Tuesday, November 2, 2010

Chinese NGOs Important in Fighting Spread of AIDS

Among the Chinese gay community, non-governmental organizations play an indispensable role, fulfilling the role governments usually play, said Gao Yongjun, an official with Tianjin's disease prevention and control center.
"The volunteers, often gay themselves, are better than government workers at approaching and convincing gays to practice safe sex," said Gao.
In 2010 alone, the Shenlan group provided care for 160 HIV/AIDS-positive gays and extended their prevention network to over 5,000 male homosexuals.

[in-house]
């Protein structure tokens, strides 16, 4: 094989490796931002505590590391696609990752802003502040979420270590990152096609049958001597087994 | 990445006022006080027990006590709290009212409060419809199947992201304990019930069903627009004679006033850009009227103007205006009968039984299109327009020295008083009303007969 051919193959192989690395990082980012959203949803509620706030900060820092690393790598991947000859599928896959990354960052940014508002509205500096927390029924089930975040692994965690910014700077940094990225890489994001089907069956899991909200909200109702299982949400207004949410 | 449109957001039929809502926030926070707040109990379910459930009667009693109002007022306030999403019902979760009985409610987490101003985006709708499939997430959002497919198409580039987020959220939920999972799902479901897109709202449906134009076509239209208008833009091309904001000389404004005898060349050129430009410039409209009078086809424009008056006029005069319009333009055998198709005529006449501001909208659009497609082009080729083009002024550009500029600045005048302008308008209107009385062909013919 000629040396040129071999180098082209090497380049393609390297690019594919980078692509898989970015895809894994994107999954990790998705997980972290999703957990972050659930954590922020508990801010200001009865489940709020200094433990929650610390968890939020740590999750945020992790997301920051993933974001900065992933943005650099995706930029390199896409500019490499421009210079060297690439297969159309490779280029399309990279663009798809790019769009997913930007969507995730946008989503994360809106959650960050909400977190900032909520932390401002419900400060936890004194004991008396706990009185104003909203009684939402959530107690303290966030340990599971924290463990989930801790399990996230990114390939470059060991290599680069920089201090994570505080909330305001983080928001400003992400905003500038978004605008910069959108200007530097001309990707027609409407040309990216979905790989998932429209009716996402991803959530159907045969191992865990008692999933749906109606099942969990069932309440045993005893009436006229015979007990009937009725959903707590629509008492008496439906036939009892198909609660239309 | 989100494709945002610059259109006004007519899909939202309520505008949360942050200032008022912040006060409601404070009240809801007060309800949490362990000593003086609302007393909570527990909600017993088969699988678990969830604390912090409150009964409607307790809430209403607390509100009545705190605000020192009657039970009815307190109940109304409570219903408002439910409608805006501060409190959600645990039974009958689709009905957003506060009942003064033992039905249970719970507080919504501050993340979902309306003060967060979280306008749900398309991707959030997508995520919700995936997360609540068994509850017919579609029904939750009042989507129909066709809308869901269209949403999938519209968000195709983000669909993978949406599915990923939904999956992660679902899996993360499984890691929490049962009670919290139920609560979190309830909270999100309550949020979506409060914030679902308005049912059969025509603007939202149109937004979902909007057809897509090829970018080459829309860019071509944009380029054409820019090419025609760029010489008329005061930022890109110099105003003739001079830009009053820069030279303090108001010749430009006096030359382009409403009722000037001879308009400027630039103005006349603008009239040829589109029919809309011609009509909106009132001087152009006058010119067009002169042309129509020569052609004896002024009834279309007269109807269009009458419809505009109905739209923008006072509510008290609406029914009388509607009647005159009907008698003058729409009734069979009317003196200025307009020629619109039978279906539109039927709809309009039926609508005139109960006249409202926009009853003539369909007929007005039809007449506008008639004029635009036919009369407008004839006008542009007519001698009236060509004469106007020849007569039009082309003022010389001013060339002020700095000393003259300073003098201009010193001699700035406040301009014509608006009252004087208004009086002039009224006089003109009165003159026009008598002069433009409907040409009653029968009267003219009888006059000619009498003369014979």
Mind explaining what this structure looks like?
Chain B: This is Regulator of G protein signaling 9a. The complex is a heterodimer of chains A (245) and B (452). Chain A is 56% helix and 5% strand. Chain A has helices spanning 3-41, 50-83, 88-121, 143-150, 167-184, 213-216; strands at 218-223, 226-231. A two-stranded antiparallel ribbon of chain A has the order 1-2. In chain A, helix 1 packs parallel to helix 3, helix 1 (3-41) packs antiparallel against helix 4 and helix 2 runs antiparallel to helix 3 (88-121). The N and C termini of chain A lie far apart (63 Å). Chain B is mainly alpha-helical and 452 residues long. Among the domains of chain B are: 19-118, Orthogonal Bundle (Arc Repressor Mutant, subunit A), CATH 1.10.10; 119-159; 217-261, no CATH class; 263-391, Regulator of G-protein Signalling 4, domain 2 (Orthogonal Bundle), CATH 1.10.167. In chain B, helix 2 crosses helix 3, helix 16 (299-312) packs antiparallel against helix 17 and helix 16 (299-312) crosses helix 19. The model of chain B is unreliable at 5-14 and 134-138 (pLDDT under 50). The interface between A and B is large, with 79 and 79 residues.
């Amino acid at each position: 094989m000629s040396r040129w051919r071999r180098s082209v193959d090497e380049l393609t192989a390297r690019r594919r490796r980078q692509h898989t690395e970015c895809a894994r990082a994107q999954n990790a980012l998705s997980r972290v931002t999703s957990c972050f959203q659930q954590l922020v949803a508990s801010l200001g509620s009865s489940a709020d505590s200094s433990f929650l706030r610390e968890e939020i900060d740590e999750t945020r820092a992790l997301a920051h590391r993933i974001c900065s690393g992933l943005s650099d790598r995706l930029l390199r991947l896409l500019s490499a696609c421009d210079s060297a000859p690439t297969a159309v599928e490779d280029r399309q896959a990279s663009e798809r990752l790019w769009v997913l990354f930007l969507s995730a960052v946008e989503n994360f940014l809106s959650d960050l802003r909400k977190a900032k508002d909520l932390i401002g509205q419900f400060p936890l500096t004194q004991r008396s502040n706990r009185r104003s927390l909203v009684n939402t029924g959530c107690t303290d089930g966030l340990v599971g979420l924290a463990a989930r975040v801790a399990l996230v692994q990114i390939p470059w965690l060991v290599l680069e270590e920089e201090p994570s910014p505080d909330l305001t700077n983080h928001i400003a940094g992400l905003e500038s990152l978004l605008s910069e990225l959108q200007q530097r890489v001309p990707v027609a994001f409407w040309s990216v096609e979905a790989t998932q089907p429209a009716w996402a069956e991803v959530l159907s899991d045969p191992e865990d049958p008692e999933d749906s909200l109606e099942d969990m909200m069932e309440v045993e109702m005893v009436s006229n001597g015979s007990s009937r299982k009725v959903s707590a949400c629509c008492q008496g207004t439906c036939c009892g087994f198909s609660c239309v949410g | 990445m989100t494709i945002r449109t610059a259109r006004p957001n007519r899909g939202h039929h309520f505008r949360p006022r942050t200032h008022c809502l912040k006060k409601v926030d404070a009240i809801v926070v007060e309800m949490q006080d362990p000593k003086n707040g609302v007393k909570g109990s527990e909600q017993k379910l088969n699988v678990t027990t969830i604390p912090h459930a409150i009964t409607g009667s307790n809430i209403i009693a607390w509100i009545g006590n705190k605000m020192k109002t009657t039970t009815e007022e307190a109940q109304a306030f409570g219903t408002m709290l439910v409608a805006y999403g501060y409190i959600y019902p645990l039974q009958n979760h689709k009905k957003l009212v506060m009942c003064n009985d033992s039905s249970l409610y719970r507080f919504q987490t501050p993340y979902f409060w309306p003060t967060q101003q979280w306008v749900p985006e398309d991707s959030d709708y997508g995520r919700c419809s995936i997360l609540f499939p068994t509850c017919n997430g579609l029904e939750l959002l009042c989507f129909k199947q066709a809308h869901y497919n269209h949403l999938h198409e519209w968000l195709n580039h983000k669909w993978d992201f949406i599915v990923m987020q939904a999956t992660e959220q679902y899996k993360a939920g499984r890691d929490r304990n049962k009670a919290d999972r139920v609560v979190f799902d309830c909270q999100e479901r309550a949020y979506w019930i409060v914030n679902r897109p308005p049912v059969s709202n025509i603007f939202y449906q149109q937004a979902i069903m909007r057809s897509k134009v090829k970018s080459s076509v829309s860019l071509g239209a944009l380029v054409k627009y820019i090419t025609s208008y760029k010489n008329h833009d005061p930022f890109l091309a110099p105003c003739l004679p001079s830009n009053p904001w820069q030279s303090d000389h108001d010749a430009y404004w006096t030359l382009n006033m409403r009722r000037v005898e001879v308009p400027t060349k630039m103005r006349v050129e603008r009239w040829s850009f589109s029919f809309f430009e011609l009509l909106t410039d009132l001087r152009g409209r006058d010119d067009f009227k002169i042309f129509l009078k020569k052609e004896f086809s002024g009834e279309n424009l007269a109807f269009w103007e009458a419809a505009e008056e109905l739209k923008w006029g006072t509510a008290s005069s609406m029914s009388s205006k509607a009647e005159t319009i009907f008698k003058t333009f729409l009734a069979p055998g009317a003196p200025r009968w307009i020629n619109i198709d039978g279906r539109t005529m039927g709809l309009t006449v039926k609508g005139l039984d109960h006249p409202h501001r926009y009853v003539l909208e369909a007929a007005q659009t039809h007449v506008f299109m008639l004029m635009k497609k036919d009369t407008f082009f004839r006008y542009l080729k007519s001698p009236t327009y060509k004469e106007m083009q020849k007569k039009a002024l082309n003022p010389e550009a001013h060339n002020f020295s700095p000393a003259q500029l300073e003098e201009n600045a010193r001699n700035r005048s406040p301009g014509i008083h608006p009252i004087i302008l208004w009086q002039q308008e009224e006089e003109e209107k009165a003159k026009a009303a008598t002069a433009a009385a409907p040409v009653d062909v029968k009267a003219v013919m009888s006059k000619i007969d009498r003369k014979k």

The continuous efforts of these groups are credited with raising awareness levels of safe sex among the gay population.
Still, even as the NGOs boost condom-use and help save lives, contributing to a better society, its members still suffer discrimination. Most of the gay groups, fearing publicity, operate in secret.
Traditional Chinese culture is family-based, with emphasis on marriage and offspring, and so homosexuals remain an alienated group under constant pressure, according to Zhang.
For many of the volunteers, some of whom are "closet homosexuals" or HIV/AIDS-positive themselves, their biggest fear is the possibility of encountering family members or acquaintances when performing their group's work.
[If an item is not written by an IRMA member, it should not be construed that IRMA has taken a position on the article's content, whether in support or in opposition.]

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